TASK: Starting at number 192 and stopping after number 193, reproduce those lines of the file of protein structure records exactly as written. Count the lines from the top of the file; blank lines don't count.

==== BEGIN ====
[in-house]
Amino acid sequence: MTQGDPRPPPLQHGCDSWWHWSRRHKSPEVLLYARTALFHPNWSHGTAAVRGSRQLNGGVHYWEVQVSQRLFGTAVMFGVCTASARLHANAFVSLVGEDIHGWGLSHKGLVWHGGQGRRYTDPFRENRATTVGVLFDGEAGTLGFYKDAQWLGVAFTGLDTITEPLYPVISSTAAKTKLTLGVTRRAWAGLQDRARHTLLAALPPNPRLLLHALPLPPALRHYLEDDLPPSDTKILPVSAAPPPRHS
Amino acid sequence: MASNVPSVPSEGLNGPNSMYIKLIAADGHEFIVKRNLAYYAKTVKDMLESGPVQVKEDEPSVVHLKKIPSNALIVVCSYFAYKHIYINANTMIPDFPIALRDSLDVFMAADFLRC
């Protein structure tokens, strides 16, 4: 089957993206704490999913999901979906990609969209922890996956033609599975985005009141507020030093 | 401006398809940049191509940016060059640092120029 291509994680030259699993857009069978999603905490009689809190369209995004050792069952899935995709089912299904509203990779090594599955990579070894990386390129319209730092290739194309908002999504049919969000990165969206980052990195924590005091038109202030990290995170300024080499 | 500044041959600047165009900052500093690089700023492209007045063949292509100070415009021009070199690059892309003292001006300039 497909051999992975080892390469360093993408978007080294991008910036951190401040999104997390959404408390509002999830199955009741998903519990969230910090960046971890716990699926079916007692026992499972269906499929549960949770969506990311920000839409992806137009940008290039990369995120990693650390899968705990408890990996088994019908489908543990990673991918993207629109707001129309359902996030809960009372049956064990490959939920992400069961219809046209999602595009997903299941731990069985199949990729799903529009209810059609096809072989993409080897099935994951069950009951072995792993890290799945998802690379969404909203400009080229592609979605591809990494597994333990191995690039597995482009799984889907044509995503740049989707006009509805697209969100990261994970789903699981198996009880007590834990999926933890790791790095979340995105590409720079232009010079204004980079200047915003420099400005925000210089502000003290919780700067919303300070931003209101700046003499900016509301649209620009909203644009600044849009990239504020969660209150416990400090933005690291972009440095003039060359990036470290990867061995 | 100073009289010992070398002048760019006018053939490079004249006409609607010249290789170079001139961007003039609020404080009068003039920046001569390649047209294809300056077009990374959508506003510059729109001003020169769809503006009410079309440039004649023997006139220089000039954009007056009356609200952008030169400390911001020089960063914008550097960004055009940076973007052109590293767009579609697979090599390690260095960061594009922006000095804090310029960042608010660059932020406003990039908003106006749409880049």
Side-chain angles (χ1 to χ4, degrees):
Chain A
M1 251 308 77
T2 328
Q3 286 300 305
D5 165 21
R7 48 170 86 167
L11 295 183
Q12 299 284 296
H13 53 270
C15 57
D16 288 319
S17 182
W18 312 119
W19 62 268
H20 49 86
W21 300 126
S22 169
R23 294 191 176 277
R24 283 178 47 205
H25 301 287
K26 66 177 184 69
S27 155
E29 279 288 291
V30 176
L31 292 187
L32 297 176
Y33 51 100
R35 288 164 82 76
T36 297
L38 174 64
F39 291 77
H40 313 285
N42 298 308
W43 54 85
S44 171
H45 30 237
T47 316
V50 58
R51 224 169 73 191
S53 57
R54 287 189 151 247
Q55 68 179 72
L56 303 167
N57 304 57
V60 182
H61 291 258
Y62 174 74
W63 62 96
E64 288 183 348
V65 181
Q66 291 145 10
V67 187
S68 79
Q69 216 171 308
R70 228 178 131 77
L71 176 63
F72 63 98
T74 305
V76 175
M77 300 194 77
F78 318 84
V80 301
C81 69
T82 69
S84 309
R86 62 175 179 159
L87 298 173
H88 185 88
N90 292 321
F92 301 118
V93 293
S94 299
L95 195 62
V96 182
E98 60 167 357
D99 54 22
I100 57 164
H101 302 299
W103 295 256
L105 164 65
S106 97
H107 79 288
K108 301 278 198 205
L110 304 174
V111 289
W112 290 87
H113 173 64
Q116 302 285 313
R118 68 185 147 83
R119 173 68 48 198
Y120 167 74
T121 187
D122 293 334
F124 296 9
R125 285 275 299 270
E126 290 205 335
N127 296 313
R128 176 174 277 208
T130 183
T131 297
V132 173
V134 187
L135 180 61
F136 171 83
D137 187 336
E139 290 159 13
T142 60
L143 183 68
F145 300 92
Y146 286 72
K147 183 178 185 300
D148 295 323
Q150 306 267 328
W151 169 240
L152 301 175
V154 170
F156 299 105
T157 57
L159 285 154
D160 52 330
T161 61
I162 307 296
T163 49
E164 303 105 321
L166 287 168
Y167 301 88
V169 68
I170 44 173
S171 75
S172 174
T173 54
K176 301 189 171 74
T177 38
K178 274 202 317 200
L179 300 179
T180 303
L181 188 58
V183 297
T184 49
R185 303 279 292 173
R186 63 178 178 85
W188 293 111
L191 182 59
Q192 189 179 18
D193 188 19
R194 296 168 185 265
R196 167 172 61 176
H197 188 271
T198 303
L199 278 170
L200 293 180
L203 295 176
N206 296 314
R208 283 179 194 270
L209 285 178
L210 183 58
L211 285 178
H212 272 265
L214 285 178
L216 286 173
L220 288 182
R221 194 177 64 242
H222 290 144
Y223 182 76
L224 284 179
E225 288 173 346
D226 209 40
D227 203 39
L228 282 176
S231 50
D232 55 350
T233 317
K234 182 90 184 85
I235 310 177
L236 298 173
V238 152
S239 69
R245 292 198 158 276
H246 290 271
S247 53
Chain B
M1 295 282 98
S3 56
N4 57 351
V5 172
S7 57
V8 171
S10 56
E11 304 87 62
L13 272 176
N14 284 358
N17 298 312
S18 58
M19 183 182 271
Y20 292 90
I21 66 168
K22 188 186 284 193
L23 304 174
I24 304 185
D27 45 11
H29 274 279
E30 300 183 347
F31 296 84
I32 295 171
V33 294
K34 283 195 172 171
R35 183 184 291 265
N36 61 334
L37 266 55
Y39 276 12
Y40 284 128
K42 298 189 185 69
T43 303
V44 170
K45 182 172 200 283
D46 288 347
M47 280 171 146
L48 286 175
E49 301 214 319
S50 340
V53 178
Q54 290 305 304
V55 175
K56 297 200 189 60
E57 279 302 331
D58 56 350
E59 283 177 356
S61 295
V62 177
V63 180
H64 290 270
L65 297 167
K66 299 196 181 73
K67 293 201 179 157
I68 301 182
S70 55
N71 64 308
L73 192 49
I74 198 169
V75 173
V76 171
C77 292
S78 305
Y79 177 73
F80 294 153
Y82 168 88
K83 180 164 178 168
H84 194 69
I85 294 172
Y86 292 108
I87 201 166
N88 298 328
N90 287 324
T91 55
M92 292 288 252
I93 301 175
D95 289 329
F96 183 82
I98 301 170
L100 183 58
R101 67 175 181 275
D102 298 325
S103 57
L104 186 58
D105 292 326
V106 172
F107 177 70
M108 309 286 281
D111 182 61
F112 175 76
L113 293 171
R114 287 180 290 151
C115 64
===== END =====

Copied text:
V8 171
S10 56